Shine Shine Shine

Shine Shine Shine by Lydia Netzer

Book: Shine Shine Shine by Lydia Netzer Read Free Book Online
Authors: Lydia Netzer
had rotated, somewhere far away, without his feet on it, without his body, prone, asleep on it, stretching over the bottom of any bed he’d ever lain in, his feet always spilling out, his head always butting against the wall.
    For a man so long, restraint was essential. He was always bumping into things. Maxon’s fuse was long, too, his temper even longer than his legs. There had been times when his limit had been breached, and his ability to tolerate the little clinks and rattles when his limbs bumped into knickknacks was the first thing to go. In the house where he grew up, for example, there were so many things. So many piles, shelves stacked high with papers, jars, shoeboxes, empty cans, lumps of fishing tackle, scraps of leather, and the filth and detritus of a house full of boys. So in their house Sunny and Maxon didn’t keep decorations on the surfaces. They were smooth and clean, a candle here and a bouquet of eucalyptus there, brutally arranged by Maxon for minimal clutter, just enough to keep them looking like they lived in a proper home. When they were first married, Sunny didn’t care. She had no feelings about what things should be on counters or tables. It didn’t matter to her.
    When they moved to Virginia she started making changes in the arrangements, asked that he rotate them by seasons. She had bought an antique clock, put it not equidistant between two candles. There were other purchases, and contractors coming in to work. He knew that this was the time she started caring about the house. This was the time she became different, when they moved to Virginia so he could have the lab at Langley. When they, together, made the boy.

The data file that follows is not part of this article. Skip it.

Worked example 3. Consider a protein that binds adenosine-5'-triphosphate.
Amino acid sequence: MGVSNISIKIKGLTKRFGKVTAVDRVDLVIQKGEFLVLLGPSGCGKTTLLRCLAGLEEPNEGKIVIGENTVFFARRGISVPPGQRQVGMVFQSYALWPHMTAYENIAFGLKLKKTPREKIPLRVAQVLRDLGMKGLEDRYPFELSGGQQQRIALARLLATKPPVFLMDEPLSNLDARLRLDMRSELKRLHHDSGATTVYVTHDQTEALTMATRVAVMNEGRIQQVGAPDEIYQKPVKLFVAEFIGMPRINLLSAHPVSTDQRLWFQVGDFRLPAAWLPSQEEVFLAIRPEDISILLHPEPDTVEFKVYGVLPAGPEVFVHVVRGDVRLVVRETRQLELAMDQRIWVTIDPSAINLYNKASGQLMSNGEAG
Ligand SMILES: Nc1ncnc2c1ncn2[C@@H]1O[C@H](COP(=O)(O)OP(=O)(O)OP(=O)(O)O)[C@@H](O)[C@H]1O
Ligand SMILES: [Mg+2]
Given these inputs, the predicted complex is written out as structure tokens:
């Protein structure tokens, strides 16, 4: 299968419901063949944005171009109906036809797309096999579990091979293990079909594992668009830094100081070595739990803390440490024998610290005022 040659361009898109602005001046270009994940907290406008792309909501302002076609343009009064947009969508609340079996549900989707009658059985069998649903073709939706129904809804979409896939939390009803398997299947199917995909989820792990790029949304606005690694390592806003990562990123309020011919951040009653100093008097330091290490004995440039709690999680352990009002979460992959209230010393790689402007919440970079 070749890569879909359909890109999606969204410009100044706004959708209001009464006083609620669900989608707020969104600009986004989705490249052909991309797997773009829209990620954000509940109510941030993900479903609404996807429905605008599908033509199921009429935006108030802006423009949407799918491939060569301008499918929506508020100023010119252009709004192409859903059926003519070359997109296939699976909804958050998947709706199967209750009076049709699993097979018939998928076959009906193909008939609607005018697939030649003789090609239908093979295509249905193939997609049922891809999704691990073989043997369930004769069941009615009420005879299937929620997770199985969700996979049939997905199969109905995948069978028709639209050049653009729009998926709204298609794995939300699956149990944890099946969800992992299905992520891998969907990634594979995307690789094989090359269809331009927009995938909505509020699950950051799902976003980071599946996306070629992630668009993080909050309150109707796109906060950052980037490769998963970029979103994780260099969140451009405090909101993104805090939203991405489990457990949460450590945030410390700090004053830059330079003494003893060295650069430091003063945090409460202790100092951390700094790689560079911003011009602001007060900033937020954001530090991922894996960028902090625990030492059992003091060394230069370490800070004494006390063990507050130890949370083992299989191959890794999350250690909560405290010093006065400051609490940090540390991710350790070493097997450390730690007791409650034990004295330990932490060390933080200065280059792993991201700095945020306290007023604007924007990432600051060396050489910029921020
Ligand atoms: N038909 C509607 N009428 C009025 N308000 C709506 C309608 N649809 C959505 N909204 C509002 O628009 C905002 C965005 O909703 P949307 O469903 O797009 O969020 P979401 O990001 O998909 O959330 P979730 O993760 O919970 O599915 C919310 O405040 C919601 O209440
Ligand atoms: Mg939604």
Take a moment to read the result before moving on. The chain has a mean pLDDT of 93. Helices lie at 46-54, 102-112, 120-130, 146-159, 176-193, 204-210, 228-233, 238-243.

He had written in his notebook during the night. He looked down and saw that he had written the words “Sunny’s great disappointments:” and then underneath he had made three strong bullets. Beside the first was “Me” and then “My behavior.” Then finally, “My genetic material.” He saw the words “Sunny said:” and then three more bullets underneath. He wrote “Why can’t you just be a normal fucking human being?” and “It is all your fault that Bubber is how he is” and “I hate my mother for being right, but she was right. She was right!”
    Maxon knew that elsewhere in his notebook was a page that said this:

    “Thank you for letting me know,” he said to Sunny’s words. And without any further hesitation, he turned the page, smoothed out the fresh sheet, and began the day of work. He considered the mother, her smooth golden head, her dour pronouncements, her long illness, but then he tried to put the image right out of his head.
    *   *   *
    S HE DROVE TO THE YMCA and put Bubber into his swim trunks, because this is what they did after preschool on Tuesdays and Thursdays. Bubber’s schedule was sacred, like a litany, helping him fit into the world. He danced from foot to foot in the changing room, his hand on the door, waiting for her to come along. The pool had an L shape, shallow in the bottom part and deep on the long part for laps. Bubber’s goggles were bright green and his trunks had bugs all over them, red and yellow. When she came along, finally, he flopped into the pool without looking back at her, without noticing, immediately engaged in his own world. Sunny could smell the chlorine, see the rust around the drains, and there was a crippled man in the hot tub, his face pinched and persevering. She had looked into the wide mirrors of the YMCA changing room. Under the fluorescent light her head looked pointier, more gray.
    She stood in her skirted maternity bathing suit on the wheelchair ramp that wound down into the pool. Her giant belly pressed against the railing. This is where she always stood. The YMCA rule said a parent had to stay within arm’s length from a child this small. So, there she was. Bubber was a freakishly good swimmer, and he always had been. He had never been afraid, even for a moment, of drowning. In fact,

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